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Labor Action, 16 June 1947


World Politics

Will Austria Be Next?


From Labor Action, Vol. 11 No. 25, 23 June 1947, p. 2.
Transcribed & marked up by Einde O’Callaghan for ETOL.


In the current offensive of Stalinist Russia to consolidate its position in Europe against the inroads which the United States may make through the Truman Doctrine, the next victim of Stalinist expansion has been clearly marked: Austria. The cynical declaration of the Austrian Stalinist leader, Ernst Fischer, that Russia will not sign a peace treaty with an “unfriendly government” – which means that it will maintain its occupation troops in Austria indefinitely – was the beginning of the “war of nerves” which the Kremlin is waging against the Austrian regime.

We are quite aware of the differences in social character between Hitlerite Germany and Stalinist Russia, but there is no denying a marked similarity in political techniques – the similarity which led Trotsky to speak of the two regimes as “symmetrical.” While there are differences in social structure between Hitlerite Germany and Stalinist Russia, both are totalitarian political regimes. The means by which the Russians extend their imperialist domination is therefore similar in many respects to that which the Nazis used: the discovery of “plots,” the use of fifth-columns, the blatant disregard of the wishes of the people whose country they enter and rule.

Having for some years been subjected to Nazi rule, Austria is now in danger of being caught in the Stalinist net and becoming a second Hungary. From a number of points of view, the situation is favorable for the Russians. Austria is near economic collapse, its calory level has been one of the very lowest in Europe and there is a general sense of despair among its people. Such an atmosphere makes it easy for a country to be cut up by a large imperialist power.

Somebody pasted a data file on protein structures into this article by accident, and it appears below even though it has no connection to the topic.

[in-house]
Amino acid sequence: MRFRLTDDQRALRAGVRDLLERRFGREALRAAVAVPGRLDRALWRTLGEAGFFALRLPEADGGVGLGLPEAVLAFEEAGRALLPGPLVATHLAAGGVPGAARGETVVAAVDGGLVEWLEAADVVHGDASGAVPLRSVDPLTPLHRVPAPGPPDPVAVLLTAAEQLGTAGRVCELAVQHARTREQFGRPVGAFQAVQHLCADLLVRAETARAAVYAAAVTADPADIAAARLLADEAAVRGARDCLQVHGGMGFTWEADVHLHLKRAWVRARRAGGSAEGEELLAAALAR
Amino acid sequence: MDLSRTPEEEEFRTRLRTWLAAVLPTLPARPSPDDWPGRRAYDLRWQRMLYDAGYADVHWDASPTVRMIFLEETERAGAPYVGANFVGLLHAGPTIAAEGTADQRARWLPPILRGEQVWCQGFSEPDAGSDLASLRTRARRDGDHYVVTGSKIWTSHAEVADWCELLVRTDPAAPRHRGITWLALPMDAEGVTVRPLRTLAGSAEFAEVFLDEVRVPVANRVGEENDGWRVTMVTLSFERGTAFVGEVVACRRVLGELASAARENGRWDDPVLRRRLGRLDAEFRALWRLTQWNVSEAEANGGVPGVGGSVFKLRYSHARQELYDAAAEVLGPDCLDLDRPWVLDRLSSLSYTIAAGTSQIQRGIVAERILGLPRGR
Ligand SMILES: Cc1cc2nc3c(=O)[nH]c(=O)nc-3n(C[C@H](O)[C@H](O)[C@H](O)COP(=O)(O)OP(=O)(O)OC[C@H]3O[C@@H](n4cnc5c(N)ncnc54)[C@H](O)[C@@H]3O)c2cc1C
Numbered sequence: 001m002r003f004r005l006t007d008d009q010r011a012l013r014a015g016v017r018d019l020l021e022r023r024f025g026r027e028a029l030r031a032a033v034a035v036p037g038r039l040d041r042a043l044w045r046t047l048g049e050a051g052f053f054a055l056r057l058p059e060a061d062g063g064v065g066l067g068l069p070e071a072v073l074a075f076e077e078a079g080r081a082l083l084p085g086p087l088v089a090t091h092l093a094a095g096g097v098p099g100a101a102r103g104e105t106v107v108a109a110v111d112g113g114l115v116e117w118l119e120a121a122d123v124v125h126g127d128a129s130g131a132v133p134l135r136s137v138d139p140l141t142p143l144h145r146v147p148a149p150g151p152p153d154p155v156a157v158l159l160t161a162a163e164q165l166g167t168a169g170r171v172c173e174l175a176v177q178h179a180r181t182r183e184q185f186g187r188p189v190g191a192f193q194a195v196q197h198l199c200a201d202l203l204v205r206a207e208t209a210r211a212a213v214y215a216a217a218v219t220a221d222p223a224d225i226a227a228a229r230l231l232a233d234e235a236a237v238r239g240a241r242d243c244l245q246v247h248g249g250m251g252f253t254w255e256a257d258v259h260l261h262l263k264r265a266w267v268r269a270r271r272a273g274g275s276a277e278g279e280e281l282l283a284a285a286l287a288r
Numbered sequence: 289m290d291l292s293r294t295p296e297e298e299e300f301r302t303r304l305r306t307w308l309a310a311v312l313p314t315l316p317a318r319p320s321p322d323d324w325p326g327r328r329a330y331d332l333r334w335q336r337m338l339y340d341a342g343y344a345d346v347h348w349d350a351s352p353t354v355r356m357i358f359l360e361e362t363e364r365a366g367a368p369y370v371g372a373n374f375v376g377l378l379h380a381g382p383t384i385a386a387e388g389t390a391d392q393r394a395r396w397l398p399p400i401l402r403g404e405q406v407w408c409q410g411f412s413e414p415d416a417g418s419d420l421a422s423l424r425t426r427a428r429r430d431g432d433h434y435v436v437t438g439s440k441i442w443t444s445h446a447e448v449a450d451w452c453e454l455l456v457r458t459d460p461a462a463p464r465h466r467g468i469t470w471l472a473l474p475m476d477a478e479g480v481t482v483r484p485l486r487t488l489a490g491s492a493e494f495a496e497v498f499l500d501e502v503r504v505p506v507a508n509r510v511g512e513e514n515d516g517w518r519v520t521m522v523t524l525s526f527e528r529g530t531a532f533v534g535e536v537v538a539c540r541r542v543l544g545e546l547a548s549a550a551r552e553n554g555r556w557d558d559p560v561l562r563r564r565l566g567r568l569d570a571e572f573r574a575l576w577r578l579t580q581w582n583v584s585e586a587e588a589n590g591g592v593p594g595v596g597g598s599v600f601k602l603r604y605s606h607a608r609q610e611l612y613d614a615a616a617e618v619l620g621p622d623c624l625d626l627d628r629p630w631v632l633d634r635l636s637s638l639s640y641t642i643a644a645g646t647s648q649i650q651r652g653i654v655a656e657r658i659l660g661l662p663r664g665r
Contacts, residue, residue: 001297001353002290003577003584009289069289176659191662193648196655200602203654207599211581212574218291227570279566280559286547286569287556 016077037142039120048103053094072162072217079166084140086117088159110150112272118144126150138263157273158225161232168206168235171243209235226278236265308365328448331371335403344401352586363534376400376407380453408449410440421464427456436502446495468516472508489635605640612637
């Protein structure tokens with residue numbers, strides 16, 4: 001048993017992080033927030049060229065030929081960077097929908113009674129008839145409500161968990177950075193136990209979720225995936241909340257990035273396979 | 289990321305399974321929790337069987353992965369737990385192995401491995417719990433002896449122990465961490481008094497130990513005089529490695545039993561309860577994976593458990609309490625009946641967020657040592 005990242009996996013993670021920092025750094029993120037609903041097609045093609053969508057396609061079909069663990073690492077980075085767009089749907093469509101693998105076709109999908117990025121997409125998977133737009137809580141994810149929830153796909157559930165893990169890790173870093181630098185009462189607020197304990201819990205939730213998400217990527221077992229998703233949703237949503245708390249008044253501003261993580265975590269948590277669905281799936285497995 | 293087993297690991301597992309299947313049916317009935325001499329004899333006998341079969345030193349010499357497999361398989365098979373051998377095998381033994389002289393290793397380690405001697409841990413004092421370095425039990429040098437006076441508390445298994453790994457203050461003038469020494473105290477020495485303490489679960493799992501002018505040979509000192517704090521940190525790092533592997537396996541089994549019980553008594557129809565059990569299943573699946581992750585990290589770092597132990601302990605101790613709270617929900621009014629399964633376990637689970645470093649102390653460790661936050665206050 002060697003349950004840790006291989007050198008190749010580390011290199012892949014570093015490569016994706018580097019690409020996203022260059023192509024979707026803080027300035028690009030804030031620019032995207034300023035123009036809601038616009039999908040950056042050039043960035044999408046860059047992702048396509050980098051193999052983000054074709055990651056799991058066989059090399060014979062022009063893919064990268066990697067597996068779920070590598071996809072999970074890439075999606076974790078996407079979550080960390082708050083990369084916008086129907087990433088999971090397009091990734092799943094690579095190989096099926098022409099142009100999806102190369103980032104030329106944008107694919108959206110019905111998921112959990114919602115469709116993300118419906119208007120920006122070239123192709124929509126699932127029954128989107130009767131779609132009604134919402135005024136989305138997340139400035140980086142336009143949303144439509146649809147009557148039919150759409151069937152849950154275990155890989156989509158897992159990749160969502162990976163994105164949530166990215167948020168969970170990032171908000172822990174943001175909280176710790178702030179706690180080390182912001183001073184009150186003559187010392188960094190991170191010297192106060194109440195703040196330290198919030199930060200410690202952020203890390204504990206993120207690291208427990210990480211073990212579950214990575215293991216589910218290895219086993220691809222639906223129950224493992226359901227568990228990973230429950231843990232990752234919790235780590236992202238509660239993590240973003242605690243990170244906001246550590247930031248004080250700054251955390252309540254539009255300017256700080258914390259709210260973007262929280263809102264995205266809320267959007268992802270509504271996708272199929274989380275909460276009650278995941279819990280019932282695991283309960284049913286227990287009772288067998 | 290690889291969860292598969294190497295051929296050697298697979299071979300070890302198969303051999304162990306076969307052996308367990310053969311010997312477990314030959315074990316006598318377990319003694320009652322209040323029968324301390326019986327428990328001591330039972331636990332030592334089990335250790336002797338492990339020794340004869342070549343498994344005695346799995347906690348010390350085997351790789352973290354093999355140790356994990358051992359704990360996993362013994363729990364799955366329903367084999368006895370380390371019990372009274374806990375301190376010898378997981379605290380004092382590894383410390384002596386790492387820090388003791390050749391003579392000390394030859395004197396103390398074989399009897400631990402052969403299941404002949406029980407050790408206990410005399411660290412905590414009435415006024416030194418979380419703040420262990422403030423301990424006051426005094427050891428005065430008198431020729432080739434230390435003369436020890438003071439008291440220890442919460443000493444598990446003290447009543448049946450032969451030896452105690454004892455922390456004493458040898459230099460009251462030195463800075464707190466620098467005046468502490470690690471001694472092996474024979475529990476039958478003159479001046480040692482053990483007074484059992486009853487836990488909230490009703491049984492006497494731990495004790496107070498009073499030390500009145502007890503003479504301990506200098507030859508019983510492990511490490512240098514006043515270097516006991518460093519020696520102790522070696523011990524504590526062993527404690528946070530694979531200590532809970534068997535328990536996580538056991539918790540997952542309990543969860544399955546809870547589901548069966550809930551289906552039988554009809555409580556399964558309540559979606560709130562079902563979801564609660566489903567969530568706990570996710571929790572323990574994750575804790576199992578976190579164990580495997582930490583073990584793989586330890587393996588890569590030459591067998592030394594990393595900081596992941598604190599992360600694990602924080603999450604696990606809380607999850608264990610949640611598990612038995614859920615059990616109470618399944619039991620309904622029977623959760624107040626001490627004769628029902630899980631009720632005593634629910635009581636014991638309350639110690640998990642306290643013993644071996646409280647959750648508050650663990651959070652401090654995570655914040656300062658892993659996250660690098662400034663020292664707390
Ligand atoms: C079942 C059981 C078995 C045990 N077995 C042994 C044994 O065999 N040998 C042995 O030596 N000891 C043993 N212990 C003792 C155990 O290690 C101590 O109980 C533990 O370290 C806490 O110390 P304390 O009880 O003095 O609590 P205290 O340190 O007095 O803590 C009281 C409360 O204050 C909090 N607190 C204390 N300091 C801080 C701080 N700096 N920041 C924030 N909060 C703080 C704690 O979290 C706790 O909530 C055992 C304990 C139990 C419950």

Hence Fischer’s statement and his report that he had negotiated with Prime Minister Figi, of the Catholic People’s Party, indicates that the Russians will try to pressure the Austrians into setting up a government “oriented toward the east,” as the polite phrase goes. It is unlikely that they will try to pull quite as crude a stunt as they did in Hungary, for the Austrian Stalinists have even less mass support than their Hungarian cronies and in Austria the powerful Social Democracy is not pro-Stalinist as is its Hungarian counterpart.

Background of the Situation

A review of the background of the Austrian crisis clarifies the present situation. After the end of the war in Europe, the victorious powers pledged at the Moscow Conference that a free and independent Austria would be established. In the case of Austria there was less of a pretext possible for military occupation than in the other European countries; for she was not an Axis power but rather a country which had herself been overrun by the Nazis.